Slove­nian Rhap­sody

From Burghausen to Bled with Hyundai’s Hy­brid

Road Trip - - CONTENTS - Story by: Jus­tus Vis­agie Cap­tured by: Jus­tus Vis­agie & sup­plied

From Burghausen to Bled with Hyundai’s Hy­brid

The Hyundai Ioniq is now avail­able in Europe in hy­brid and elec­tric for­mat. At the helm of the hy­brid ver­sion, Jus­tus Vis­agie ex­plores the beau­ti­ful sur­rounds from Ger­many to Slove­nia.

The breath­tak­ing beauty of Bled is mul­ti­fac­eted. There is a small is­land with a church built upon it, with the thou­sandyear-old Bled Cas­tle stand­ing guard on a clifftop above the lake.

Af­ter 300 km on a KTM 1290 Ad­ven­ture S, an hour on a bus, three hours on two trains, and a R800 taxi ride, it was al­most a spir­i­tual ex­pe­ri­ence to see the metal­lic-blue Ioniq gleam­ing in the feint light of the Ho­tel Je­d­er­mann in Mu­nich.

The day’s jour­ney was far from over, though; but at least we would be en­sconced in quiet lux­ury for the fi­nal leg.there was close to 200 km left to go, from the cen­tre of Mu­nich to a town called Burghausen on the river Salzach.

From the Ho­tel Burg­blick in Burghausen the plan was to travel to the ham­let of Maria Alm in Aus­tria, cross the Alps, and then jour­ney on to the al­lur­ing town of Bled in Slove­nia – a 400 km road trip in the new Ioniq with its lim­ited au­tonomous driv­ing ca­pa­bil­ity.


The Ioniq name­plate – a port­man­teau of ion and unique – was in­tro­duced to Euro­pean mar­kets late last year and is now avail­able in three flavours: elec­tric, plug-in hy­brid, and as a tra­di­tional Prius-type hy­brid. Sadly, it is not yet avail­able in South Africa, and might never make it to our shores.

I re­quested the elec­tric ver­sion for the trip, but now – two hours af­ter sun­set and with around 200 km still to drive to Burghausen – I was glad we were in the hy­brid model. If we had been in the EV ver­sion, we might have been forced to sleep in the car had it not been de­liv­ered to us fully charged, or had we been un­able to top up the bat­tery in time. Range anx­i­ety is real …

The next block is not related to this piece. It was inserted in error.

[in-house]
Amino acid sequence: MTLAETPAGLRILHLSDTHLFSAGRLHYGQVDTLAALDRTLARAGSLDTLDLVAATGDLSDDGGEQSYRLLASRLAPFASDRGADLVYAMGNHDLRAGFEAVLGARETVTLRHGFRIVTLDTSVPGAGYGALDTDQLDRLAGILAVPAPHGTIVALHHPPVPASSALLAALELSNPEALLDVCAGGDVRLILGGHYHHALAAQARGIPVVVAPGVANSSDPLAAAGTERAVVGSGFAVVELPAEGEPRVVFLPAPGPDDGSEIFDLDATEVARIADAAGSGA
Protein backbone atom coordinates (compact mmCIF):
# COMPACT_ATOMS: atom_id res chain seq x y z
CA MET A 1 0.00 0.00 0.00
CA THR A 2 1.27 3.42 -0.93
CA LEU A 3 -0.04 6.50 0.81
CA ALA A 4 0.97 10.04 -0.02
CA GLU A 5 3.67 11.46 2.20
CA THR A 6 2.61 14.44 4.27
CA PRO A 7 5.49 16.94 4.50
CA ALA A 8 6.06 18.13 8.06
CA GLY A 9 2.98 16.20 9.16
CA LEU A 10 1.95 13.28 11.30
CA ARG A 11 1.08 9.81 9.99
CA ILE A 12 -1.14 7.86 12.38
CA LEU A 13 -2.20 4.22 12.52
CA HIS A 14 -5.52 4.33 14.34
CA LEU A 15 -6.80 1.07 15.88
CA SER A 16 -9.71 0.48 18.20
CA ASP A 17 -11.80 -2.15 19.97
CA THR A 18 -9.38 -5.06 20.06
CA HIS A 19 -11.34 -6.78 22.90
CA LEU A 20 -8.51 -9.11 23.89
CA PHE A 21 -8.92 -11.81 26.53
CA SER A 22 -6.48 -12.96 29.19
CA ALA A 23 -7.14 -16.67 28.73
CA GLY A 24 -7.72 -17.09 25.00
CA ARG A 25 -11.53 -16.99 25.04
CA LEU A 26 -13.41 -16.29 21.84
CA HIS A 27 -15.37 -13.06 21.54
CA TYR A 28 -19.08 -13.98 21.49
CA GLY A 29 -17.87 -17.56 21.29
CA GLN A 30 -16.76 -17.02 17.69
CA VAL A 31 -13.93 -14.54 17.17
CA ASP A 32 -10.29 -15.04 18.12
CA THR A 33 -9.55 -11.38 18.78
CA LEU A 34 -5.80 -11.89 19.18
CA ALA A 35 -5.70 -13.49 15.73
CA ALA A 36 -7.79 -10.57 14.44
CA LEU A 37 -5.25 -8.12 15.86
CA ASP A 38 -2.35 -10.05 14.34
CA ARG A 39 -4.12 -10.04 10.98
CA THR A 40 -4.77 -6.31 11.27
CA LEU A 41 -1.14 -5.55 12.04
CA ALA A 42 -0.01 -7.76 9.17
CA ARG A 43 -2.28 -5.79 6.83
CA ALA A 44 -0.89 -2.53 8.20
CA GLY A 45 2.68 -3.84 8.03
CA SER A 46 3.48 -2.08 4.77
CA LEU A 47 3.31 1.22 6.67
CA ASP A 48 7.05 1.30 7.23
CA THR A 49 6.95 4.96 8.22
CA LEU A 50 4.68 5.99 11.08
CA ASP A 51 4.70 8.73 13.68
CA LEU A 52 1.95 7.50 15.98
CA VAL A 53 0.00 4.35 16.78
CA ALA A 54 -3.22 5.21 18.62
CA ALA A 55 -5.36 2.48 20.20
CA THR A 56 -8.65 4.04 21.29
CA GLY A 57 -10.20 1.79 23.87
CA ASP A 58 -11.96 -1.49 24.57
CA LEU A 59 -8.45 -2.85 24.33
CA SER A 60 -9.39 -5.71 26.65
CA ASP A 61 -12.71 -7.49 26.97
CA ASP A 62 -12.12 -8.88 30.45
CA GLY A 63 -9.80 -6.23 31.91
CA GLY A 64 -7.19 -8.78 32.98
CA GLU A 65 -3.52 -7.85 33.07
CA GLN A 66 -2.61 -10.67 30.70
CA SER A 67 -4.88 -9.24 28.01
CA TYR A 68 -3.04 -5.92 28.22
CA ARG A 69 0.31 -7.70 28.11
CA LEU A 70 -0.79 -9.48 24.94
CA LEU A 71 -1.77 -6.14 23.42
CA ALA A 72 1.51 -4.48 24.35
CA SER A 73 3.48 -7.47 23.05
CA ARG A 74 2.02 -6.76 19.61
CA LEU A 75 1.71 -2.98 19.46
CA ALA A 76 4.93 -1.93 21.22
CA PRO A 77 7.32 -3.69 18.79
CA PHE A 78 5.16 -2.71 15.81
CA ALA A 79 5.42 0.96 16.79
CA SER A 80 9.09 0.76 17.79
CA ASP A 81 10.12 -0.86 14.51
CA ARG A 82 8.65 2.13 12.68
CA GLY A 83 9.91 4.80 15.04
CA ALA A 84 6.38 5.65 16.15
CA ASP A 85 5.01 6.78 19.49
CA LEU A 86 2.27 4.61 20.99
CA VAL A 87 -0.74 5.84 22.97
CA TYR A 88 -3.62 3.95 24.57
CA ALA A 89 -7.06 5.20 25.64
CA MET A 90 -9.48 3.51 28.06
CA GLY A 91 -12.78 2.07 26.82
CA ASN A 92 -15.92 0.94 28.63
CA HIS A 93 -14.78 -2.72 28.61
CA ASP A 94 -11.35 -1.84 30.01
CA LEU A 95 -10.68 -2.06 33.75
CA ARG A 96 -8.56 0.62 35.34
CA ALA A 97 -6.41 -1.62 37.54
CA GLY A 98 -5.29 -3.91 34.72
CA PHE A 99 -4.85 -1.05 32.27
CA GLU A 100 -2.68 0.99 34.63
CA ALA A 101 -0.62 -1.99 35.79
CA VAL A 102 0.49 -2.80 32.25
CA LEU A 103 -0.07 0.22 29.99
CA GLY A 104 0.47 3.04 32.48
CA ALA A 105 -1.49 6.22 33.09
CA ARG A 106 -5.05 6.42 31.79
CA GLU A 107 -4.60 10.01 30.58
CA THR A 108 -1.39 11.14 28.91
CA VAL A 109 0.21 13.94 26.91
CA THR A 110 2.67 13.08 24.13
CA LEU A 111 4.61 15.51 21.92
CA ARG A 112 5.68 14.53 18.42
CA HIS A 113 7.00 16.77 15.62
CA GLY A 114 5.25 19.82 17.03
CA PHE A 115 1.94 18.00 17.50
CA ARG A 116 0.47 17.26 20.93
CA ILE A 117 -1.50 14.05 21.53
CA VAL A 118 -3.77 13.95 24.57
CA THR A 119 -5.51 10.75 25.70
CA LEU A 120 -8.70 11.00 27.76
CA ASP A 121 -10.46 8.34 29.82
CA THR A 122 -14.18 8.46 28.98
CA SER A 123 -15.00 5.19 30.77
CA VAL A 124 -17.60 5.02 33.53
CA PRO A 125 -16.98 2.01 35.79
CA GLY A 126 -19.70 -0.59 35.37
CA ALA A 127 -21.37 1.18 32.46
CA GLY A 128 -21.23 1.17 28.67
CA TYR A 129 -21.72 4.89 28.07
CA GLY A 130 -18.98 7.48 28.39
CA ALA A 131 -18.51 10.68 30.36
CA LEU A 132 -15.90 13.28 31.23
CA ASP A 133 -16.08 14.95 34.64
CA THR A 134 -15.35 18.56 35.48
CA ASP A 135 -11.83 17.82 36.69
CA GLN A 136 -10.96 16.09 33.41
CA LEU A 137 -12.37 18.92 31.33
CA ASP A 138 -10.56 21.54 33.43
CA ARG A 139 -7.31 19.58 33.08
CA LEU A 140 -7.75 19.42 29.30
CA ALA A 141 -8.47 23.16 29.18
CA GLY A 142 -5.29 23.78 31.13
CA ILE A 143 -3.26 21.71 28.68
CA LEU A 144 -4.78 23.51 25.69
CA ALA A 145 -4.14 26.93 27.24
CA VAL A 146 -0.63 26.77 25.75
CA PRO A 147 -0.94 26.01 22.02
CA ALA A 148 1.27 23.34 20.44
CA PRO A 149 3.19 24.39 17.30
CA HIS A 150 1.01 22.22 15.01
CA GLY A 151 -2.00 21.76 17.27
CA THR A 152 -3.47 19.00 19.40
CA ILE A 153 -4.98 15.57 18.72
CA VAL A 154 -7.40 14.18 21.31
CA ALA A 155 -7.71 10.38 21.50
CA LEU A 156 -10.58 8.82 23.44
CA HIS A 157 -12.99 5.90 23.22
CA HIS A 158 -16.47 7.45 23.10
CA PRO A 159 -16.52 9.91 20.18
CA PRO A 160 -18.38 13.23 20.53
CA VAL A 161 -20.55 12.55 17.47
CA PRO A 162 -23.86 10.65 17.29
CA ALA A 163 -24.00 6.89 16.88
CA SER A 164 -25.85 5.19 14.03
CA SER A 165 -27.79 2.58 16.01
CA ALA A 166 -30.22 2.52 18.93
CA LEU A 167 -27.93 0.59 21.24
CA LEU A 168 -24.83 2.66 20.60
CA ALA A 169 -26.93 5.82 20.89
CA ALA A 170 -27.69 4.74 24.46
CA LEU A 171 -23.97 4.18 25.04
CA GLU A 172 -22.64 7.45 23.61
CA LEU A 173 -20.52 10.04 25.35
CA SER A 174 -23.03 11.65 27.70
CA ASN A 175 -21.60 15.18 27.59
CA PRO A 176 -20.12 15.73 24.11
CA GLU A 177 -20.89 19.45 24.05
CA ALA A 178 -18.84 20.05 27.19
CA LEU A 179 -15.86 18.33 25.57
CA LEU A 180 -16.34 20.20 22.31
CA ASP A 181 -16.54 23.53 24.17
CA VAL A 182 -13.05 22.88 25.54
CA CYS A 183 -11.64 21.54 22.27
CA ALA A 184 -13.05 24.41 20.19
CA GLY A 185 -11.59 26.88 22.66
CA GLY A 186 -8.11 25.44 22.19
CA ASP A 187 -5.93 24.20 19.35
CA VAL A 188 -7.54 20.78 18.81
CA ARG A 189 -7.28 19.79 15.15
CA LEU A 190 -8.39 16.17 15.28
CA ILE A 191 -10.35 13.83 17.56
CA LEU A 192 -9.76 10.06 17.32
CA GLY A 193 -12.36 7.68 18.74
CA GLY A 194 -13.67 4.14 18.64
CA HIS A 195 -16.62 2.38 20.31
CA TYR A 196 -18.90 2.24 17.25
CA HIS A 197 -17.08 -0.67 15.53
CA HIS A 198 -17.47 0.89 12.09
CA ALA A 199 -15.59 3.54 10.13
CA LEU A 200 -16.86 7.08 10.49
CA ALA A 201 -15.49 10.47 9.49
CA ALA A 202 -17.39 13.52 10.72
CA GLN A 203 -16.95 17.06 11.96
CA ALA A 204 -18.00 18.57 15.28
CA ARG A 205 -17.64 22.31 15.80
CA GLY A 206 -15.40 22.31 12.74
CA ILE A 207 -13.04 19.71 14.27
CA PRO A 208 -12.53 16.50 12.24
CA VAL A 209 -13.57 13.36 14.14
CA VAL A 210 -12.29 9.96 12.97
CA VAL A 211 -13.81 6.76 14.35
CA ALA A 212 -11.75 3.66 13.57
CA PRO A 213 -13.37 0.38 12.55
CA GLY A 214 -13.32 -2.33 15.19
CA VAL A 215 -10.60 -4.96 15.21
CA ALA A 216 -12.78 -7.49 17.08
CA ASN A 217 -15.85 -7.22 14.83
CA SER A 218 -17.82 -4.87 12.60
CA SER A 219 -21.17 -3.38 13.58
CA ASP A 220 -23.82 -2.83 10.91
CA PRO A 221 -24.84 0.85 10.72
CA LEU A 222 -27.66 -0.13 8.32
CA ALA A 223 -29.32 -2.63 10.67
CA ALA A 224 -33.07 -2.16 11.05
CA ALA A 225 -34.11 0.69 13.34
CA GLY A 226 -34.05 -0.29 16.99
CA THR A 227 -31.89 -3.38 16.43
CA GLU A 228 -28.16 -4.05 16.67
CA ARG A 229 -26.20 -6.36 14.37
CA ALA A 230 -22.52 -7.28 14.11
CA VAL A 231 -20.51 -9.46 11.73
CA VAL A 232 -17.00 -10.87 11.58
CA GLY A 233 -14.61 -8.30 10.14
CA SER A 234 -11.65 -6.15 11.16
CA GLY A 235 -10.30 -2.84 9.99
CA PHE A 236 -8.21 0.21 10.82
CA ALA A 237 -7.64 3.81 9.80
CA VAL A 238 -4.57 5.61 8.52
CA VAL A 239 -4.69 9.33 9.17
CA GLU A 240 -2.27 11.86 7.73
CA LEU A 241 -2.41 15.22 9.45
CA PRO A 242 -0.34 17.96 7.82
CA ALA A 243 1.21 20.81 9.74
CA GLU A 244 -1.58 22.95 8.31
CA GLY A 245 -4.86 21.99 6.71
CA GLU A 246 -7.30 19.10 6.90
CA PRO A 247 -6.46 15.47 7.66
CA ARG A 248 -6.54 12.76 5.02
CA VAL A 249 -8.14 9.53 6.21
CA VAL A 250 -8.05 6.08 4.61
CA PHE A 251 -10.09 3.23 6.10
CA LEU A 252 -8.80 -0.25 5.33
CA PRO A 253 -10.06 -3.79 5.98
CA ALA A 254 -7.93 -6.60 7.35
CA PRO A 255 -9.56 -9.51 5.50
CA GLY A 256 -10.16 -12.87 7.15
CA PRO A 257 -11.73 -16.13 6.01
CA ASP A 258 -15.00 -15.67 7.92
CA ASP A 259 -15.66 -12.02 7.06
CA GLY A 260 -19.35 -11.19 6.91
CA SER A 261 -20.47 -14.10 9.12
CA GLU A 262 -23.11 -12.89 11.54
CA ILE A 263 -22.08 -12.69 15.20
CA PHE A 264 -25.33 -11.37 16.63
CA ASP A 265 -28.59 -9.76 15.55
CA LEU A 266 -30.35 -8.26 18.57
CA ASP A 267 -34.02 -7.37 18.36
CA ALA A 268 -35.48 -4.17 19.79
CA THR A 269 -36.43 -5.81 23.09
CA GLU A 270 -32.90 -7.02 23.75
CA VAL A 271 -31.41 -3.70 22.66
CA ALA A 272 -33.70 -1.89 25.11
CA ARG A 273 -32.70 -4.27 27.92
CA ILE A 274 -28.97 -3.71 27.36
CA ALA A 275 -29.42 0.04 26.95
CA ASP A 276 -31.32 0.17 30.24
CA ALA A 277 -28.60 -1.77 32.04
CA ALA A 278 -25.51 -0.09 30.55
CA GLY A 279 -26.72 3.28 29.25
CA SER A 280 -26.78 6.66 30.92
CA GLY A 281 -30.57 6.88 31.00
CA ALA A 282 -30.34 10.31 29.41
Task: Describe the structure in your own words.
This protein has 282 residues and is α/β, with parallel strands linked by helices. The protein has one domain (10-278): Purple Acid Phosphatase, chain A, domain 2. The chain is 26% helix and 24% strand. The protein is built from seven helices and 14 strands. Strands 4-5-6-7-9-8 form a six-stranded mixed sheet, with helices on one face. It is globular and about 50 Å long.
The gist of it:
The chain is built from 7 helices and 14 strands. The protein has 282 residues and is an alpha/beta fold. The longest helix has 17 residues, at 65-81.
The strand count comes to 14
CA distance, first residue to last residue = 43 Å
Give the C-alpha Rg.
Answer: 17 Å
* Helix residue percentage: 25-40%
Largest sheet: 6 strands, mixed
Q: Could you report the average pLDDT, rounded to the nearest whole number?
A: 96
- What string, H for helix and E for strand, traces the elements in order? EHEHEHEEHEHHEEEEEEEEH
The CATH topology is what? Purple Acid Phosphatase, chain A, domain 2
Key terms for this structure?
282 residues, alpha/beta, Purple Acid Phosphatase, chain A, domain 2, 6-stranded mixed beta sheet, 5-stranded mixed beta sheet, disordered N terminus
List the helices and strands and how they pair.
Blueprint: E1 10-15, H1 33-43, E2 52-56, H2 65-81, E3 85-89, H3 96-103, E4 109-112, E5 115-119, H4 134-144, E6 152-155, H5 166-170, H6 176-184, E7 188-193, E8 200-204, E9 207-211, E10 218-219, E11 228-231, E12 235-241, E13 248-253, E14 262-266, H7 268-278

Essen­tially, the Ioniq is Hyundai’s an­swer to the Toy­ota Prius.that means it pos­sesses none of the fu­tur­is­tic quirk­i­ness of the Nis­san Leaf or BMW i3. It has con­ven­tional Prius- like lines and, in terms of its ap­pear­ance, can be de­scribed as the off­spring of an Elantra and i30.

While re­served and el­e­gant, its cav­ernous lug­gage com­part­ment im­pressed me. It swal­lowed two large suit­cases, mo­tor­cy­cle gear (from the trip on the KTM), cam­eras, a lap­top bag, and a van­ity case, all with ease.

The fast-back was loaded with fea­tures, in­clud­ing an 8-speaker In­fin­ity sound sys­tem with first-rate clar­ity and a slick and user­friendly in­fo­tain­ment sys­tem.

We en­tered our des­ti­na­tion into the sat­nav and left Mu­nich, join­ing the au­to­bahn in an east­erly di­rec­tion. The ride qual­ity of the Ioniq was serene, but I was also cu­ri­ous how it would per­form on the high­way with­out speed re­stric­tion. I stomped on the ac­cel­er­a­tor, the trans­mis­sion kicked down and … well, our speed in­creased. But no fire­works here, folks; not even an elec­tric shove from the bat­tery.

It is the most se­date of the three Ioniq de­riv­a­tives, so us­ing the com­bi­na­tion of 1.6-litre di­rect in­jec­tion four-cylin­der en­gine and bat­tery sys­tem out­put of 104 kw, and 265 Nm of torque (with class-lead­ing ther­mal ef­fi­ciency of 40%), we drove fru­gally, ap­pre­ci­at­ing the ef­fi­ciency of the car over its in-gear ac­cel­er­a­tion.